July in Central Illinois has always been a time for people to get out-of-doors to enjoy the summer weather. Activities with family and friends, gardening, picnics, swimming, or just enjoying a summer sunset make summer a special outdoor time. After the dark days of winter, just enjoying the summer sunshine is a special treat.
This month—observed as Alzheimer’s and Brain Awareness Month—gives us an opportunity to take a look at Alzheimer’s disease, to explore some things we can do to cope when it occurs and perhaps to decrease the chance of it developing.
Coping with Caregiver Stress
Life as the caregiver of an older adult can be richly rewarding. There are moments of warmth, joy and the good feeling that comes from supporting an elderly family member—in many cases someone who is suffering from a physical or cognitive disability—in their later years. But life as a caregiver also can be lonely, stressful and exhausting; it can be the most difficult job you will ever have. Assistance promised by family members may disappear over time or may never materialize, leaving you alone with a full-time or nearly full-time responsibility. When the care recipient has dementia, difficult behaviors compound the stress and may accelerate burnout.
Your Heart—Your Health
February is a month focused on the heart—Valentine’s Day and National Heart Month. According to the Center for Disease Control and Prevention, heart disease was the leading cause of death in both men and women 65 years or older and caused about 66 percent of deaths in people age 75 and older. While heart disease risk factors increase with age, there are still several things you can do to manage the risk.
It’s that time of year again. “What?” you say, “The Christmas Holidays already??” Well, yes – and it’s also flu season again. In fact, flu season officially started two months ago, in October and it will run until May. Every year thousands of people in the United States die from seasonal flu, and many more are hospitalized, according to the Centers for Disease Control and Prevention. While older adults and people with chronic diseases are more likely to experience problems and complications from the flu, with the right precautions it is possible to stay healthy during the flu season.
Loneliness can cause premature death. So can social isolation and living alone. These are the findings of a study published early this year by a group of psychologists at Brigham Young University. The study, which evaluated prior studies of more than three million individuals, concludes that people who feel lonely, or are socially isolated or live alone have a higher probability of premature mortality. The increased likelihood of death was 26% for reported loneliness, 29% for social isolation and 32% for living alone.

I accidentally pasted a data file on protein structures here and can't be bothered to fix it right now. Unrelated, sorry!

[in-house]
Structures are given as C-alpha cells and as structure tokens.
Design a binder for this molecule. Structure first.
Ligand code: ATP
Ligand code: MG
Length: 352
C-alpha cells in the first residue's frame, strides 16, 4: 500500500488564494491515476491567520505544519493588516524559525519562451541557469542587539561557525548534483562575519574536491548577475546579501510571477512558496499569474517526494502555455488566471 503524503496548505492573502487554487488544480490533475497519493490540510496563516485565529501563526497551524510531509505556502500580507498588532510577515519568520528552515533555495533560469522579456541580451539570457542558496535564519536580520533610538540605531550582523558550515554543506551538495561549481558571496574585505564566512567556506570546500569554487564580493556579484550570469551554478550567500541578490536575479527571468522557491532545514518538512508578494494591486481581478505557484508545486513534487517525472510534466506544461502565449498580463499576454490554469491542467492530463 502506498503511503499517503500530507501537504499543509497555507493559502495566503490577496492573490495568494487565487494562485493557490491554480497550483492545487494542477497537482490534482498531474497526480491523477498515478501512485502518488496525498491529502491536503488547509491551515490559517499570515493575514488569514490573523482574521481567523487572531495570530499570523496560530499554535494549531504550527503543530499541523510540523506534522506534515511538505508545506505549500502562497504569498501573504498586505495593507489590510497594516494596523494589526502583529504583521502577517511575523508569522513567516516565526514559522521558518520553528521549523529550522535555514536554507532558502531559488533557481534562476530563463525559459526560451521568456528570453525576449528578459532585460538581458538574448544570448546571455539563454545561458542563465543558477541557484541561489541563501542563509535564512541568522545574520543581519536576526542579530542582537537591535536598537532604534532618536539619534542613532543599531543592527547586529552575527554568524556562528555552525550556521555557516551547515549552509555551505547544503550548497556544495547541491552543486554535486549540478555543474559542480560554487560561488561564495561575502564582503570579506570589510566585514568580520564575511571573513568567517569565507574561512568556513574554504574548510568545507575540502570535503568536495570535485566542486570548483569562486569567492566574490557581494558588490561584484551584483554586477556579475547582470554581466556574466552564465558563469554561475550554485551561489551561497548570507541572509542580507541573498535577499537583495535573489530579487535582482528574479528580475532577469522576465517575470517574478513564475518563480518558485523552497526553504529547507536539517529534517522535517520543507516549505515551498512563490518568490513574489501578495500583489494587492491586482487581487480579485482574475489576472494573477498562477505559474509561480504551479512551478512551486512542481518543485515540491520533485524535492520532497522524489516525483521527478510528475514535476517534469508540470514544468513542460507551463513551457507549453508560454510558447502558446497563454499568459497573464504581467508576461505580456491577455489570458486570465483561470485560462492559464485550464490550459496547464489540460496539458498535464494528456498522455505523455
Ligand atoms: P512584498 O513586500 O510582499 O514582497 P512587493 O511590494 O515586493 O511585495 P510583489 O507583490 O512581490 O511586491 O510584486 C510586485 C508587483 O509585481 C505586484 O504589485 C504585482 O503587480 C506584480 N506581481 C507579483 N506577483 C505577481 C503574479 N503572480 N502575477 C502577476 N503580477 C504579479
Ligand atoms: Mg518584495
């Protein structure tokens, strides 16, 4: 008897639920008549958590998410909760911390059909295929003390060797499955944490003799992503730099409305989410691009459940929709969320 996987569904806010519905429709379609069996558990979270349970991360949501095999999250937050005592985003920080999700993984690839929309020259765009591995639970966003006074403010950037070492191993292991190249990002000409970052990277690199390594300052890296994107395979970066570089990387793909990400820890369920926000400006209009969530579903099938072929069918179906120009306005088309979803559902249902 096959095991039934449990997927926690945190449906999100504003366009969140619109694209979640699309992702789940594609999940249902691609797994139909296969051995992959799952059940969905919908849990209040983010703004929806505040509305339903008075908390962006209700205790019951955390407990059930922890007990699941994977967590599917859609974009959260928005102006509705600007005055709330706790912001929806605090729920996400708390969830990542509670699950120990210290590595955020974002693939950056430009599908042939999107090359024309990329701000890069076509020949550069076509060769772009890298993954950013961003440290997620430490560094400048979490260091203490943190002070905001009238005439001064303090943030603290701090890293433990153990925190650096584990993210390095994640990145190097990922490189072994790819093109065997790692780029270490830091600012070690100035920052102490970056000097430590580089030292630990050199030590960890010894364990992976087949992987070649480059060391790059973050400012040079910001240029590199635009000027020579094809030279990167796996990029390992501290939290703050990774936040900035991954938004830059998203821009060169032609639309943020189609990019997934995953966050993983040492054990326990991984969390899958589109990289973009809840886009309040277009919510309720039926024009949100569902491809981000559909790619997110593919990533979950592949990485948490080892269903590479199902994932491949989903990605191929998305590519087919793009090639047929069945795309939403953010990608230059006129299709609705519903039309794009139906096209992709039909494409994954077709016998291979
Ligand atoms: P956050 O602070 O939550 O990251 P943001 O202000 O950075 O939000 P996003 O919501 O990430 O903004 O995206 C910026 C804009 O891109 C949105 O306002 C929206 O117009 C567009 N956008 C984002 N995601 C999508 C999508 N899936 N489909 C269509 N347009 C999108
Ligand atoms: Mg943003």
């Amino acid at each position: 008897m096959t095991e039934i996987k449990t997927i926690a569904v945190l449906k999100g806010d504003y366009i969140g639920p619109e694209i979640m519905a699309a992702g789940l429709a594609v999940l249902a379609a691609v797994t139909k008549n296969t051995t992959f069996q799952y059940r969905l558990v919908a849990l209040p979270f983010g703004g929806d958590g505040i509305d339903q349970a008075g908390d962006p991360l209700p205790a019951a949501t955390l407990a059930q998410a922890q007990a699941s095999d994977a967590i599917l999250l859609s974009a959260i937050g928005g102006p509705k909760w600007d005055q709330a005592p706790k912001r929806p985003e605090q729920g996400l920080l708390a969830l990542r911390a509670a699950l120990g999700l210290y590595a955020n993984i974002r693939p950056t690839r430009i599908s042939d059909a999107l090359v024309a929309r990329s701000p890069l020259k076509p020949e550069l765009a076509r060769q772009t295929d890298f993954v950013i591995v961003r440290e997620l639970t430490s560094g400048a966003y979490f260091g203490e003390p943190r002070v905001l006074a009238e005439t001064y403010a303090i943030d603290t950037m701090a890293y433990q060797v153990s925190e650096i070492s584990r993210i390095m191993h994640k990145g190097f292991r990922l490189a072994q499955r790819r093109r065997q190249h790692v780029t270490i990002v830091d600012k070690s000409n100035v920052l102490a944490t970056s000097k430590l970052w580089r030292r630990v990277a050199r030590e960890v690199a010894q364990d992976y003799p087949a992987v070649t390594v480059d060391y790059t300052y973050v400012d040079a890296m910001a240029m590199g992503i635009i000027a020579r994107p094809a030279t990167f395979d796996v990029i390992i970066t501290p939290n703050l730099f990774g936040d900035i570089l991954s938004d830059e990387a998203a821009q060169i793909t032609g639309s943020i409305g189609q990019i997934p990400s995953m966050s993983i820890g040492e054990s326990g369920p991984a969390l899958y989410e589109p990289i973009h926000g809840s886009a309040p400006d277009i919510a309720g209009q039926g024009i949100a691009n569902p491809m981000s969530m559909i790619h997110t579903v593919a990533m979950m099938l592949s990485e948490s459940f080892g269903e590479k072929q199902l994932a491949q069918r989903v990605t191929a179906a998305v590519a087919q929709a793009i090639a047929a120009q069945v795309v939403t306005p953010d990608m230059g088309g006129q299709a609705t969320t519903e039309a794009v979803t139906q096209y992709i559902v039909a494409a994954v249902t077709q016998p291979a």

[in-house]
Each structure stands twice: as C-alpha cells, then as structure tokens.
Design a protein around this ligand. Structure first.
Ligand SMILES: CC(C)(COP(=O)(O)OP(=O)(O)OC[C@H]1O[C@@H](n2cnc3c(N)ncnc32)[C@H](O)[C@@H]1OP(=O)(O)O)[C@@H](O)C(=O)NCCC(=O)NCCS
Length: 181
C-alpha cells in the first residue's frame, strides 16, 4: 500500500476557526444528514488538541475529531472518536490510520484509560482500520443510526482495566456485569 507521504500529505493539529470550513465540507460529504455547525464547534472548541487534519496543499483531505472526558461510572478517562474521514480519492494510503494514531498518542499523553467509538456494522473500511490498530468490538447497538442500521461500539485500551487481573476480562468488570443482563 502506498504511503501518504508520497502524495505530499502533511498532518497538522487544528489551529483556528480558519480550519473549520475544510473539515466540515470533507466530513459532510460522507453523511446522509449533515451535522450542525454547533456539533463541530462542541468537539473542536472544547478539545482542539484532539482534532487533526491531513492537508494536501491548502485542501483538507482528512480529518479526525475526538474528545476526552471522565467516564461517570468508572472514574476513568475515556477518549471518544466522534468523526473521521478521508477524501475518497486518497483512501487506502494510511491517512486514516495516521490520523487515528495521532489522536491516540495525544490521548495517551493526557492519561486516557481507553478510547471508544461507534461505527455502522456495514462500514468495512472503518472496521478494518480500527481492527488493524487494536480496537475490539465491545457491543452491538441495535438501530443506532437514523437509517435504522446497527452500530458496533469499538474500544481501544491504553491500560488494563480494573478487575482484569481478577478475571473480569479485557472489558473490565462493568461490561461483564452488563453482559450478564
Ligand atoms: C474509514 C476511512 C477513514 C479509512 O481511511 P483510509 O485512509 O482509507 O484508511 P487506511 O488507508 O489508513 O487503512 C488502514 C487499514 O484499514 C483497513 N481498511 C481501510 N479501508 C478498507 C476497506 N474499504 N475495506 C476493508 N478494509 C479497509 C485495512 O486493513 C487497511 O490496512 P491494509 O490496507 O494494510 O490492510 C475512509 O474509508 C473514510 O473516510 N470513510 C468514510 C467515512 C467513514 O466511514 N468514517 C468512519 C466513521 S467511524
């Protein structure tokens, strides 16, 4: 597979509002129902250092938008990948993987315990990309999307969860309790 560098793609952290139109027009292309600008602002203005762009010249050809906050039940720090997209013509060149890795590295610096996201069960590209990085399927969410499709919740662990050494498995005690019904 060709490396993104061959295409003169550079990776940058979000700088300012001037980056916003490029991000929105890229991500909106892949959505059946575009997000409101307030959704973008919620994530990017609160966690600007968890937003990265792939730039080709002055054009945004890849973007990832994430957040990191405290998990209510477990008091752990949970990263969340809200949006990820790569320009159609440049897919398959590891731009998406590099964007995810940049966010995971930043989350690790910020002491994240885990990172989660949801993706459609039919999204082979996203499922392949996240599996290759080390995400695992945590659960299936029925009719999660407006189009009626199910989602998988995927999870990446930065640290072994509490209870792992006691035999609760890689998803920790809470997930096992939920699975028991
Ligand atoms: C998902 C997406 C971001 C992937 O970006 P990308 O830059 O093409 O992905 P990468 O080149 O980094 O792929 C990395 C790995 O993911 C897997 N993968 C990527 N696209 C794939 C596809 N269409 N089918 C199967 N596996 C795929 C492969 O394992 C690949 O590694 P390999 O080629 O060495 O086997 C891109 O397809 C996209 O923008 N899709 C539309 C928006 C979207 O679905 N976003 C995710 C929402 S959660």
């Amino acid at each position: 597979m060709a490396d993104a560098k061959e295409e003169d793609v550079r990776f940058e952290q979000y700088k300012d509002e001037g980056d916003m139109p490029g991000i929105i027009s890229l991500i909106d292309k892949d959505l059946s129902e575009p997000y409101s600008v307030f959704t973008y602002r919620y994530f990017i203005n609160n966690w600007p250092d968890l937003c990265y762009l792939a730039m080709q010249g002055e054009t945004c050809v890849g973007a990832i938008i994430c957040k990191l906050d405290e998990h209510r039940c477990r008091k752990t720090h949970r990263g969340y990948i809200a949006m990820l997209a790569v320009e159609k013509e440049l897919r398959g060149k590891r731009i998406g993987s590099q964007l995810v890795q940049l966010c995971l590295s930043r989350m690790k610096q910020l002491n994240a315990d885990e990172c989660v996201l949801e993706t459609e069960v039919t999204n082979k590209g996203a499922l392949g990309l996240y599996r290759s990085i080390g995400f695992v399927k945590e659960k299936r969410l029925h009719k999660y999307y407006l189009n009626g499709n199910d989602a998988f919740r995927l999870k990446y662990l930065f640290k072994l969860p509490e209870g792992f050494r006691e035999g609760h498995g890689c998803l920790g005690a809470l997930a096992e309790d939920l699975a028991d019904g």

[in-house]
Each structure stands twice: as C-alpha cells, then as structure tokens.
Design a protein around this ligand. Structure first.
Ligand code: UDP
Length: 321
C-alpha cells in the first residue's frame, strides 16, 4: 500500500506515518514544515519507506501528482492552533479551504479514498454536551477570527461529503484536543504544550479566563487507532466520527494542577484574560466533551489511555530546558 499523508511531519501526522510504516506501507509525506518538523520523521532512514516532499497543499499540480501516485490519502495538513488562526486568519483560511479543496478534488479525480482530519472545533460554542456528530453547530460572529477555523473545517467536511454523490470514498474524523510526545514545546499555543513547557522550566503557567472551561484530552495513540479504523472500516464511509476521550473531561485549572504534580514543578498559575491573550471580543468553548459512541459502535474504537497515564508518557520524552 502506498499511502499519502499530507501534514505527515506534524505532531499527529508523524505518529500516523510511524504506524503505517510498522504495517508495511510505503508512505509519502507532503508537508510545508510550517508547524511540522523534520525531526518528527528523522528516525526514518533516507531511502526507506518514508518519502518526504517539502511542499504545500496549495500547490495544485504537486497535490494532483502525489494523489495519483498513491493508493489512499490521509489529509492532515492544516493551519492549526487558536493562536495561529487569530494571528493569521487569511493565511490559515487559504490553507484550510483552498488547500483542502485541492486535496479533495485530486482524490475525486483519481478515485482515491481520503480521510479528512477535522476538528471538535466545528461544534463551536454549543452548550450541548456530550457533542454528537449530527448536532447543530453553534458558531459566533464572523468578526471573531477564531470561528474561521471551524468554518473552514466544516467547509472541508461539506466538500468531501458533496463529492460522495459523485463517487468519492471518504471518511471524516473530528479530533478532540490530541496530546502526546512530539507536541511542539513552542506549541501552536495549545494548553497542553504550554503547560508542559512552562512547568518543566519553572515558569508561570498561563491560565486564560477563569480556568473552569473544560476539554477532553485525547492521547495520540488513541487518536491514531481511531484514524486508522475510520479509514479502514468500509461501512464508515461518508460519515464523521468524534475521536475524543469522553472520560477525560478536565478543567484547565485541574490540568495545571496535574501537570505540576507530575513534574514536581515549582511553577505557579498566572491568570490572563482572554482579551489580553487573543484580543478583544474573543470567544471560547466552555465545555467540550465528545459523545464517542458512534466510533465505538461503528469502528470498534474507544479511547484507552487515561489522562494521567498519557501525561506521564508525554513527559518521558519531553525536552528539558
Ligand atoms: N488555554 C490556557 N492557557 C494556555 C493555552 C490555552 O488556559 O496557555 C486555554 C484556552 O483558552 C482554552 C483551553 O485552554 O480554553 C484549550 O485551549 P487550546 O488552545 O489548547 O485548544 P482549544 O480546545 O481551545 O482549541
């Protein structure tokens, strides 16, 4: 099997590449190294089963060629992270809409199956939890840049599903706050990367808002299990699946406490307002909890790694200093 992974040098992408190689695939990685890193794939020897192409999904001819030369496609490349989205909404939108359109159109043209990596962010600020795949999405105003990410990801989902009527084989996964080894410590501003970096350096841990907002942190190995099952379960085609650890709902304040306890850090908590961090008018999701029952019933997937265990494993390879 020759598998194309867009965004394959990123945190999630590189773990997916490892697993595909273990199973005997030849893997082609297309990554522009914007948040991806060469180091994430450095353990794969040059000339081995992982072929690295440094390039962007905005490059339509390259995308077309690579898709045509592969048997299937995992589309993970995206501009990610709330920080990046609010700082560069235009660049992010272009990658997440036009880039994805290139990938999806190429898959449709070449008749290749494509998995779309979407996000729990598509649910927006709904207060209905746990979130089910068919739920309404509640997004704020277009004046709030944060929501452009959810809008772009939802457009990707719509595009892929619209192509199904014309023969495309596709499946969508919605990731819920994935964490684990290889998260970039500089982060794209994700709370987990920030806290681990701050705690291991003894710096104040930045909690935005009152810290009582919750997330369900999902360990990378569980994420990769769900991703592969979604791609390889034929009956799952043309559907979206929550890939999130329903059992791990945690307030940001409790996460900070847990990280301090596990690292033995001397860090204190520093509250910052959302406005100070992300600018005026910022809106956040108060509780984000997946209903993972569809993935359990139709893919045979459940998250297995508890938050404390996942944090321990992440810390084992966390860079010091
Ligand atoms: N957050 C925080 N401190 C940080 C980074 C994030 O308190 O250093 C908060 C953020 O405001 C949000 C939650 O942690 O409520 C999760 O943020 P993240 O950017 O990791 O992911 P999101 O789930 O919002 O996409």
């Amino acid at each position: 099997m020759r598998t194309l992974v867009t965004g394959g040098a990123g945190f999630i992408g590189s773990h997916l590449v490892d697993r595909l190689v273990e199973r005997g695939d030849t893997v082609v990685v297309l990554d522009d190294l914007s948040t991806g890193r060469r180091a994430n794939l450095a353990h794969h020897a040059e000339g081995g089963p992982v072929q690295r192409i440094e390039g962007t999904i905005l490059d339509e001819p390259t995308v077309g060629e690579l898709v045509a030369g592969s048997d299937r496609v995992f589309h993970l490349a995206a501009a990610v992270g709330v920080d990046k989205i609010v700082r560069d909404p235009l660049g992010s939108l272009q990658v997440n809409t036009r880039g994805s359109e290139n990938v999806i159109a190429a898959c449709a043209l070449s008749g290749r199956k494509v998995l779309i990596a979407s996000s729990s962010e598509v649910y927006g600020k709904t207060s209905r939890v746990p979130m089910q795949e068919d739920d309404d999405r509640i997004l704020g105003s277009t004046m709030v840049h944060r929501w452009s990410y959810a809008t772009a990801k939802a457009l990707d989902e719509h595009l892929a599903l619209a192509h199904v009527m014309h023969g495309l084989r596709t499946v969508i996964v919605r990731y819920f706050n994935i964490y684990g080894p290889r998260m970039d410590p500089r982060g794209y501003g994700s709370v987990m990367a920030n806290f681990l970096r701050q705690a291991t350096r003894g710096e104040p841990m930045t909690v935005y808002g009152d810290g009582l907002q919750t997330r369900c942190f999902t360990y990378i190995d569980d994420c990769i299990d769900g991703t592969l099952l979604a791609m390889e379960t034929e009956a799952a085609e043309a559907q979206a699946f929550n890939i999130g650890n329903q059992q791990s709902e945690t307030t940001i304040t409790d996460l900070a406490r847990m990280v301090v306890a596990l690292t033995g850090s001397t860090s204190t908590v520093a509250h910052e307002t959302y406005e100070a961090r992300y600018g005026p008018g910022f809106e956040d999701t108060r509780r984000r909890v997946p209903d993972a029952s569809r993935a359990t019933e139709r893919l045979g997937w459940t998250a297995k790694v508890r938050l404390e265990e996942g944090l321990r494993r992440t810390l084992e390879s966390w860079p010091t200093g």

A healthy diet is an important ingredient of a longer and stronger life. Nutritious food, properly prepared, is not just a necessity for physical wellness; it also contributes to a feeling of emotional well-being. Who doesn’t enjoy a well-prepared, nutritious meal? Unfortunately, good food handling and preparation habits can become challenging for older adults, resulting in food that may be unsafe to eat, even potentially fatal. For example, a 16-year study published by the National Institutes of Health found that the highest frequency of deaths caused by Salmonella poisoning occurred among adults age 75-84, with males being 84% more likely to be the victim.
Be Safe at Home in August
August 23 through 29 is National Safe at Home Week, sponsored by the National Safety Council. The number of things to be concerned about when it comes to keeping our homes safe can seem overwhelming. Fire safety (smoke alarms, having an exit plan), physical security (locks, landscaping), disaster readiness (floods and tornadoes) and poison control (safe storage of medicines and toxic cleaning products) are only a few of the areas that need attention. Another one, which especially concerns older adults, is the ability to move safely around our homes: trip and fall prevention.